Buldhana’s Lonar Lake declared Ramsar site, second for Maharashtra within a year

The Lonar lake in Buldhana district of Maharashtra has been declared as the 41st “Ramsar” site of India. It has effectively become the second Ramsar site in the state. There are 2,412 designated Ramsar sites in the world.

The United Nations Educational, Scientific and Cultural Organization (UNESCO) Convention for the conservation of wetlands was called the ‘Convention on Wetlands of International Importance especially as Waterfowl Habitat’. The convention got its name of Ramsar Convention from the city of Ramsar in Iran where it was signed in 1971 and came into force in 1975.

“I’m glad that the Lonar crater is now officially a Ramsar Site. Having seen it for the first time in 2004, it is a sight that captivates everyone. It has its own significance in the world of biodiversity, tourism and geology,” tweeted Aditya Thackeray, environment and tourism minister of Maharashtra.

“Inhabiting the site are 160 species of birds including the vulnerable Asian woolly neck (Ciconia episcopus) and common pochard (Aythya ferina), 46 species of reptiles, and 12 species of mammals including the iconic grey wolf (Canis lupus),” reads the announcement by Ramsar Convention.

According to the Ramsar Convention, the ecology, botany, zoology, limnology or hydrology of the wetland needs to be considered before including it in the list. The inclusion will ensure added funds and training for the maintenance of the site for the staff and indigenous people.

However, ecologist and academic Madhav Gadgil is sceptical about the development. He urged the government to first take steps at the local level failing which international intervention like Ramsar list may not help.

“These protections need to be brought to life. For example, UNESCO heritage site Kaas plateau has been made worse after being declared a heritage site. I have never seen even one site which has gained an advantage after being protected by the forest department. At Lonar, the sewage is let into the lake. There are red algae blooms – it is getting spoiled. Tourism is also highly politicised. If we have to fix this then, we must take out the tourist lodges near the heritages sites and prevent sewage from entering the lake. Where is the political will for doing all this? Rivers like Mutha and Bhima have also turned into gutter Gangas. What’s the use of giving international status? Maharashtra and the Central government climate change ministry should take it up seriously,” said Gadgil.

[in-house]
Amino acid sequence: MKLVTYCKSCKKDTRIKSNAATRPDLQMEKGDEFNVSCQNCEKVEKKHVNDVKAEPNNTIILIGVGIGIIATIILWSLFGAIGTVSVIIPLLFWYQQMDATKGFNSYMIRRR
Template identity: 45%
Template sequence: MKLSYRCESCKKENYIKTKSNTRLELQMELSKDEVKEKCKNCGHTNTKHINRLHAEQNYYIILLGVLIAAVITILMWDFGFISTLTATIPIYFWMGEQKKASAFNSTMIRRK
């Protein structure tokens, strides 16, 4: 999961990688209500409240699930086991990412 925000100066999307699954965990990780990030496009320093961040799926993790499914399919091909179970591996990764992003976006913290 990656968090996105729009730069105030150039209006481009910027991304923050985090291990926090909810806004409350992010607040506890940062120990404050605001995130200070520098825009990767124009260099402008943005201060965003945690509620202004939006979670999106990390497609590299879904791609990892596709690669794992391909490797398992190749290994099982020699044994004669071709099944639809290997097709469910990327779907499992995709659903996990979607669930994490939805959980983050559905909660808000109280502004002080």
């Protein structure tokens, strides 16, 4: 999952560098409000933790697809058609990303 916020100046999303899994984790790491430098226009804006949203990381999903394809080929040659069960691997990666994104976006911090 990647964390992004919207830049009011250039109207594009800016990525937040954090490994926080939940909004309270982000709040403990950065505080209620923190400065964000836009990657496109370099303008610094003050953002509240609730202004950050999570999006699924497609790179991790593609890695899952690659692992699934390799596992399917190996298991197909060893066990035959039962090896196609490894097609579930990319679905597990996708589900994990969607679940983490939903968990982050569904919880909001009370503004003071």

“The sites are both threatened by household sewage and urban wastewater and by unsustainable tourism” reads the announcement further.

The lake had made news in August when the water in the circular-shaped lake turned pink. The phenomenon was caused by salt-loving Haloarchaea microbes which lead to pigmentation, according to a report by Agharkar Research Institute (ARI) in Pune, an autonomous body under the department of Science and Technology.

The Lonar lake was declared as the 41st Ramsar site along with Sur Saroivar or Keetham Lake in Uttar Pradesh. The first site from Maharashtra to enter the list was Nandur Madhameshwar in 2019. Uttar Pradesh has the highest contribution from India to the list with eight and Punjab has the second highest with six sites in the list.

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